These practices suggest to students that ideas are meant to be developed hermetically and then broadcast to the world rather than cultivated in an ongoing dialogue with others who might disagree or refine them . . . The bottom line then is that university leaders need to be more creative in seeking opportunities to model for our students’ productive interactions across difference. . . . How can university leaders and faculty complain about how our students don’t know how to debate or disagree effectively when we don’t even try to reveal to them what it looks like?” (235-6)

Though it does not make the final four of the book’s suggestions for reform, the book does recognize the problem of ideological imbalance on campus. According to research by Mitchell Langbert, Anthony J. Quain, and Daniel B. Klein, registered Democrats outnumber Republicans 35 to 1 on the Hopkins faculty, the second most imbalanced institution in their sample, following only Brown University. Daniels’ analysis is that:

As educators, university faculty and administrators should take seriously any suggestion that student voices are being shut down in the classroom. That being said, evidence of liberal indoctrination is grossly overstated and focus on that topic is somewhat misguided.

We should be asking instead why so many disciplines suffer from a dearth of conservative faculty in the first place and what the consequences of that imbalance are. . . . If the professoriate continues to congregate on the political left, it shortchanges conservative and liberal students alike.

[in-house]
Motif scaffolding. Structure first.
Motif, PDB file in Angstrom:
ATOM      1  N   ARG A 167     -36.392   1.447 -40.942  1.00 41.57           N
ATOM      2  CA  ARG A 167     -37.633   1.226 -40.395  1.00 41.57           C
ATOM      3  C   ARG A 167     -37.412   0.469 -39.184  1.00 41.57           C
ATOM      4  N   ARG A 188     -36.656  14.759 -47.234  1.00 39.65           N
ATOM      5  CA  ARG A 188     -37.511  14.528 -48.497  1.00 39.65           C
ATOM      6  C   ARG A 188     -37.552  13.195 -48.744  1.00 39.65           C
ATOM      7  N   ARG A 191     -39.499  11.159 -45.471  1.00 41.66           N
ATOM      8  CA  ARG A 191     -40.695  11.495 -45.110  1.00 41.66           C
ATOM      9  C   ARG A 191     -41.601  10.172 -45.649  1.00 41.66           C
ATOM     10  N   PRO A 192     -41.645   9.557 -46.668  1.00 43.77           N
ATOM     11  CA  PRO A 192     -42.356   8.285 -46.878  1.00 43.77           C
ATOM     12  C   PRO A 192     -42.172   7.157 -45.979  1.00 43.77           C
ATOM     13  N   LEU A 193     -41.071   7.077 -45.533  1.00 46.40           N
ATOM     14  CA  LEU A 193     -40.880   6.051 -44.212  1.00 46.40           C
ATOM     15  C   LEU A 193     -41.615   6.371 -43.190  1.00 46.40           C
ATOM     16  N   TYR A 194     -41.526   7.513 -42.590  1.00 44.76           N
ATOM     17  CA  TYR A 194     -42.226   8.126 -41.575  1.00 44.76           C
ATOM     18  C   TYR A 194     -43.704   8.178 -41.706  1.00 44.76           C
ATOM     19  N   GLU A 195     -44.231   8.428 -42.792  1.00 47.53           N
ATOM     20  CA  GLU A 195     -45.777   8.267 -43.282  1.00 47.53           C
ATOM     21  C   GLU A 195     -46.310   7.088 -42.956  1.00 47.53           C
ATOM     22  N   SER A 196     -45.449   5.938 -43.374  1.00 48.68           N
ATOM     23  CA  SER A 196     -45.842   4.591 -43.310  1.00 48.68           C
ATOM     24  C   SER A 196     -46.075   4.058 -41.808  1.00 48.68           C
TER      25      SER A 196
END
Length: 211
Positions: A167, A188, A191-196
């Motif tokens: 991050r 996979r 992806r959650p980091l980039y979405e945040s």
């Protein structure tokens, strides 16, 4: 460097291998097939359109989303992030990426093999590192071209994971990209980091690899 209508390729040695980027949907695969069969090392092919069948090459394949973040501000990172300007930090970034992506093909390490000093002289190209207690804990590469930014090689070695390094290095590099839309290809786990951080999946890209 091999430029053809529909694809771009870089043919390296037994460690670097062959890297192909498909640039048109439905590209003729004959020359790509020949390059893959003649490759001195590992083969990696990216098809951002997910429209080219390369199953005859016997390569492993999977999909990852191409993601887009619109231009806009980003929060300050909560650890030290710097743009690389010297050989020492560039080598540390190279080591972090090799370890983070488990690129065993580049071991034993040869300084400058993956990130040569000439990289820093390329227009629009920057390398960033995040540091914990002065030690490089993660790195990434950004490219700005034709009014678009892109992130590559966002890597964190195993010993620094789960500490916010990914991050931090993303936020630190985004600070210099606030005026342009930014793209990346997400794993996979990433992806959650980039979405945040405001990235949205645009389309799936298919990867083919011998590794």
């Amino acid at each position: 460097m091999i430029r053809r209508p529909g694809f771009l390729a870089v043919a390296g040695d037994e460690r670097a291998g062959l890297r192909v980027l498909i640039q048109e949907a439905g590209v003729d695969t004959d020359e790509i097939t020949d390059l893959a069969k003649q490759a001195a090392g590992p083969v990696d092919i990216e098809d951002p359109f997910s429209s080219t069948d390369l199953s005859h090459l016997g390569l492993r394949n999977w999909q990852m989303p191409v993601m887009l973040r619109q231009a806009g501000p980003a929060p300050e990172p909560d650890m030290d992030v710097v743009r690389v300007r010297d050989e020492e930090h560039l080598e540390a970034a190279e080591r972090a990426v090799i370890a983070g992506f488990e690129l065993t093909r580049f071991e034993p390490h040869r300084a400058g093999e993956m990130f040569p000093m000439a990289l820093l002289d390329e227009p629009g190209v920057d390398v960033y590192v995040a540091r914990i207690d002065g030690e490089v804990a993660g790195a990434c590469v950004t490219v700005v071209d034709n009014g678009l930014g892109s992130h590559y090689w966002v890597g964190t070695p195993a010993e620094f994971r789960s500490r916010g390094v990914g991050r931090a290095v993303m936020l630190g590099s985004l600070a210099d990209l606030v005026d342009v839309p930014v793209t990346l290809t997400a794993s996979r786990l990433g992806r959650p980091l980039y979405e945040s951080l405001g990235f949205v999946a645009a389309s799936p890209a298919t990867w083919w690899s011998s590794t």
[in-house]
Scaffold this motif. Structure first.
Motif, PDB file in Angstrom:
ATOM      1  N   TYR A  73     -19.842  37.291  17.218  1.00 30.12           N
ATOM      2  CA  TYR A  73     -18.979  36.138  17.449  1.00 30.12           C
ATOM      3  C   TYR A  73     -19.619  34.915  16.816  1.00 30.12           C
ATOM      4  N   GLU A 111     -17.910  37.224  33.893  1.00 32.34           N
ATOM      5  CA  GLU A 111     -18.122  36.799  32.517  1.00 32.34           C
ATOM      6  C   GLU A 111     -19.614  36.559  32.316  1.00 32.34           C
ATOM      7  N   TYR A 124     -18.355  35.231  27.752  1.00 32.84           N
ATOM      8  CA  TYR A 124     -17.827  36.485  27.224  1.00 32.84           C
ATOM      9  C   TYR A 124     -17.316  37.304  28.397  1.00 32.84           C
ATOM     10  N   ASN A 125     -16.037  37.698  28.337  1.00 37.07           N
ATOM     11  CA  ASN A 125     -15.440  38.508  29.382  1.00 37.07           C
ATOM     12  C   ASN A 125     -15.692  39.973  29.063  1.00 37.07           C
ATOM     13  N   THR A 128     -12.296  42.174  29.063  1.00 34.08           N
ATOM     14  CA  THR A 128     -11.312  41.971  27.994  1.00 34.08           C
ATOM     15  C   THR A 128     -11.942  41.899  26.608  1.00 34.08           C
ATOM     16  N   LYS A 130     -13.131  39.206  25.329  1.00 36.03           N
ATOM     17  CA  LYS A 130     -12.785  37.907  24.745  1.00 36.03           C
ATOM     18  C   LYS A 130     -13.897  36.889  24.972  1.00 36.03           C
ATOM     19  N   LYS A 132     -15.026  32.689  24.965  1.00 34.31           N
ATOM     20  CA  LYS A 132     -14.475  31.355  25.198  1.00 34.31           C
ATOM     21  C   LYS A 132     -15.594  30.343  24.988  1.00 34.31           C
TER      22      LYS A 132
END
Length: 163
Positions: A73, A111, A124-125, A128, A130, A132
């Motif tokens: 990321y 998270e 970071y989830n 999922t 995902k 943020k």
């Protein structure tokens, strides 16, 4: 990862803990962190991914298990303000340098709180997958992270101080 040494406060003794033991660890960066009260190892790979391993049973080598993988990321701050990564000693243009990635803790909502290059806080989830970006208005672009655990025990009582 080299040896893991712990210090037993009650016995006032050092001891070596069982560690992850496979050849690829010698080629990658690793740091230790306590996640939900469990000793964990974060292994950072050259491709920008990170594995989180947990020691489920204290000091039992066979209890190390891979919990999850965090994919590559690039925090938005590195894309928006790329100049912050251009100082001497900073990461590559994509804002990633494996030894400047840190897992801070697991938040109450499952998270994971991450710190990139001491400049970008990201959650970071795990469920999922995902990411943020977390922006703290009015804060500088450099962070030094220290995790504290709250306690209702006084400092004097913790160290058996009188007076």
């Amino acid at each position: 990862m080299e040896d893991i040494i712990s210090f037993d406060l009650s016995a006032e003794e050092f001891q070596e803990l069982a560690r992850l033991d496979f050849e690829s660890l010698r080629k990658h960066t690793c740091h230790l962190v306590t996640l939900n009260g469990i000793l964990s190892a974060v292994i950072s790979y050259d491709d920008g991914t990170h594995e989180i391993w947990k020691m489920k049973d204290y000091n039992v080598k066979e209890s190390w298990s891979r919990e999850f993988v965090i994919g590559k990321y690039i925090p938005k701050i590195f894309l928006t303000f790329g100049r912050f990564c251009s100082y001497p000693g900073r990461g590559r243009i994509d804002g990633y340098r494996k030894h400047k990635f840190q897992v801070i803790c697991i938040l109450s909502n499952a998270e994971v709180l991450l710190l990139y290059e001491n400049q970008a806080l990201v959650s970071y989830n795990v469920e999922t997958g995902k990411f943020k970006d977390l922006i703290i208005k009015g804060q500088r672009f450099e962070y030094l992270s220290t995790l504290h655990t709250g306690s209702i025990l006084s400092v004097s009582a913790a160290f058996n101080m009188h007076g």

Conservative students need to feel that their campus is one that invites their views in the endless refinement of ideas through reason, both outside the classroom as well as within it. (226-227)

So what concrete steps should be taken? The book mentions a practice since 2013 at the University of Colorado, Boulder of inviting a “visiting scholar in conservative thought.” In what other environment would that “solution” not be viewed as tokenism?

Actually, Hopkins might be an ideal university to model balanced discussions. In 2017, the Stavros Niarchos Foundation gave the University $150 million to fund and structure a broader campus dialogue on public policy. The money will be used to recreate the concept of the Athenian Agora which created a common space for people to coexist as citizens while engaging in political discourse and the exchange of ideas. The new Institute’s mission is “[s]trengthening global democracy through powerful civic engagement and informed intensive dialogue.” Two glass cubed buildings meant to symbolize citizen access to Hopkins’s otherwise largely Georgian Homewood campus will house Institute activities and five faculty and eleven fellows were hired in 2021. Whether this well- intentioned enterprise will be able to balance its interest in global democracy with a concern for more focused American policy questions is too soon to say. Reforming the whole world on the model of the Athenian city-state is a formidable task.

1 David Randall, Christopher Welser, The Irreproducibility Crisis of Modern Science: Causes, Consequences and the Road to Reform, National Association of Scholars (April 2018).

Image: Joey Genovese, Public Domain